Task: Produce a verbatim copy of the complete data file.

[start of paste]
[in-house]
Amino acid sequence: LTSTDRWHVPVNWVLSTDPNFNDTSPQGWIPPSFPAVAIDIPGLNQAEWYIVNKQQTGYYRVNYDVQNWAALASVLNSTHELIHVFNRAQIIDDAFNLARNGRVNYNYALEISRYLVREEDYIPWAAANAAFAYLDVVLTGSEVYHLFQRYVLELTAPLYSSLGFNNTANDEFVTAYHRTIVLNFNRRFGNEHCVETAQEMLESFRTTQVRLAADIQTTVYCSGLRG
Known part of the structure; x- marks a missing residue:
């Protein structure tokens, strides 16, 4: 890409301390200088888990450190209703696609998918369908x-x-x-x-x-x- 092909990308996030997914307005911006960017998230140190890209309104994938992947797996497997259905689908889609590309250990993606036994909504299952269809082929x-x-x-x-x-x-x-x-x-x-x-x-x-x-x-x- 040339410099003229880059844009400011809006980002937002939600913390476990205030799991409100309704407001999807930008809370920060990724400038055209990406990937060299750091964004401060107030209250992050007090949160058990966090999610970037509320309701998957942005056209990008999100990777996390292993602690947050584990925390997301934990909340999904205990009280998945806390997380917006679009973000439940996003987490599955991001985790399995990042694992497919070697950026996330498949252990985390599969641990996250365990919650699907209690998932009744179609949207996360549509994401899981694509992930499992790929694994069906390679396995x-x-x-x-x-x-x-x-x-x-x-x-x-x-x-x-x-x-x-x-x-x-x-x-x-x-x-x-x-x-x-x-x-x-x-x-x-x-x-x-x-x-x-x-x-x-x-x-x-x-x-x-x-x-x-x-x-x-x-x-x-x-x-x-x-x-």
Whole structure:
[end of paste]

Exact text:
[in-house]
Amino acid sequence: LTSTDRWHVPVNWVLSTDPNFNDTSPQGWIPPSFPAVAIDIPGLNQAEWYIVNKQQTGYYRVNYDVQNWAALASVLNSTHELIHVFNRAQIIDDAFNLARNGRVNYNYALEISRYLVREEDYIPWAAANAAFAYLDVVLTGSEVYHLFQRYVLELTAPLYSSLGFNNTANDEFVTAYHRTIVLNFNRRFGNEHCVETAQEMLESFRTTQVRLAADIQTTVYCSGLRG
Known part of the structure; x- marks a missing residue:
């Protein structure tokens, strides 16, 4: 890409301390200088888990450190209703696609998918369908x-x-x-x-x-x- 092909990308996030997914307005911006960017998230140190890209309104994938992947797996497997259905689908889609590309250990993606036994909504299952269809082929x-x-x-x-x-x-x-x-x-x-x-x-x-x-x-x- 040339410099003229880059844009400011809006980002937002939600913390476990205030799991409100309704407001999807930008809370920060990724400038055209990406990937060299750091964004401060107030209250992050007090949160058990966090999610970037509320309701998957942005056209990008999100990777996390292993602690947050584990925390997301934990909340999904205990009280998945806390997380917006679009973000439940996003987490599955991001985790399995990042694992497919070697950026996330498949252990985390599969641990996250365990919650699907209690998932009744179609949207996360549509994401899981694509992930499992790929694994069906390679396995x-x-x-x-x-x-x-x-x-x-x-x-x-x-x-x-x-x-x-x-x-x-x-x-x-x-x-x-x-x-x-x-x-x-x-x-x-x-x-x-x-x-x-x-x-x-x-x-x-x-x-x-x-x-x-x-x-x-x-x-x-x-x-x-x-x-």
Whole structure: